So yea, Carson pass. By this time we'd lost Nick so Chris and I headed up highway 89, by the car, passed it and up to Woodford. We turned right onto highway 88 and headed up to Carson pass. It wasn't a tough climb at only 5-8%, but after 90 miles and 10,000 ft. of climbing, well... it was tough. So we made our way up Carson Pass. Chris and I were both demoralized and beat to hell. We'd been on the road since 6 a.m. and it was 3:30 or so. But we just kept climbing, we kept going up. We came up on this recreation area after having been climbing for a while and I could see the road go up, turn left, then go up more. It was crazy, looking up the road knowing that this was the end, but... it seemed so far still. We got to the top of Carson Pass and it was smiles and handshakes, laughter and hugs. I think that neither of us could believe that we made it. Despite the fact that we had come here for the Death Ride, and that we had been on the road for 106 miles it still seemed kind of surreal that we had made it, and we really hadn't even made it yet, we still had 20 miles or so to go from the top of Carson Pass. But the work was over. We got our Ice cream and signed the poster. I actually didn't get any ice cream as I gave mine away. After signing in and eating we were ready to head out. The only problem is as we were getting ready to head down the mountain mother nature had other plans. It started hailing like nothing I'd seen since I'd lived in Colorado. It hailed for a good 30 minutes. So we sat and waited it out. When the rain cleared we rolled out, but the rain started again and so did the hail. We'd committed to getting down the mountain, so we did, at 40 mph, in the pouring, hailing rain.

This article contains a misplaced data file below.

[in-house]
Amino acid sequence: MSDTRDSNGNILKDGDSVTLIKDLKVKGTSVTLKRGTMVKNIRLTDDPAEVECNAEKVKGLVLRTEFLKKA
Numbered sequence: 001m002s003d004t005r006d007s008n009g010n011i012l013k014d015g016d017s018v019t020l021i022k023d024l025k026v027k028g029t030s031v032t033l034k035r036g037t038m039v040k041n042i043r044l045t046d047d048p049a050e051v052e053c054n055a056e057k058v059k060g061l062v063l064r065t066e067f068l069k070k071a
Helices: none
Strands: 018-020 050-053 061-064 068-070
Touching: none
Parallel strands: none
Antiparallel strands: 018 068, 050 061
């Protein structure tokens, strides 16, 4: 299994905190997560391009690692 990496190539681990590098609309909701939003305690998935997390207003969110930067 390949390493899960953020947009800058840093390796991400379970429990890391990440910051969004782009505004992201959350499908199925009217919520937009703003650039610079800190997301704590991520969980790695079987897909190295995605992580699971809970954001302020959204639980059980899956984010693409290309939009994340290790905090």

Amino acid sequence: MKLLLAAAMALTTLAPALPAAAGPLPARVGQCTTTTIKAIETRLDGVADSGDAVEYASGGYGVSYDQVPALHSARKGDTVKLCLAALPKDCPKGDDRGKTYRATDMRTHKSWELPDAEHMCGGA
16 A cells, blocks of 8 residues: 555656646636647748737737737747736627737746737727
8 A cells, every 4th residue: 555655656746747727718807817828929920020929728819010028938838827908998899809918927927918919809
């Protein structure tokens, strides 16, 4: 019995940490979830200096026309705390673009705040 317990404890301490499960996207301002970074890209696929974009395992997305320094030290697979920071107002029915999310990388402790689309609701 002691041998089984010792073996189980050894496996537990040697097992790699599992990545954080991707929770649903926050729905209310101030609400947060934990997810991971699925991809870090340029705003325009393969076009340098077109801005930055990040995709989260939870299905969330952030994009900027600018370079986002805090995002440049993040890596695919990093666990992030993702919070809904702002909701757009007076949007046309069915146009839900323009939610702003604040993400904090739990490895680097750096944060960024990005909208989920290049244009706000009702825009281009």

20 minutes later we'd gotten back to Turtle Rock and finished the ride. We arrived, grabbed a couple beers and got some BBQ. We later hung out at the Prius/Roadside Campsite, drinking beer and talking about how great it was to be out on the open road, out in nature and in a town where you could camp on the side of a freeway without worrying much. We crashed out, got up on Sunday and rolled out.

Here is what the route looks like in Google Earth, along with the profile of the route from my Garmin 305 before it died at mile 103 or so.


4 comments:

bikesplosion said...

Way to go man. Sounds like an amazing ride. Is the the wed. GP ride happening tomorrow?

-James O.

bill meadows said...

awesome man! great job!!!!!

Dougal said...

awesome man
Your blog is now the home page on my iPhone.
My trends live in Remo and do all of those rides

Anonymous said...

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Thanks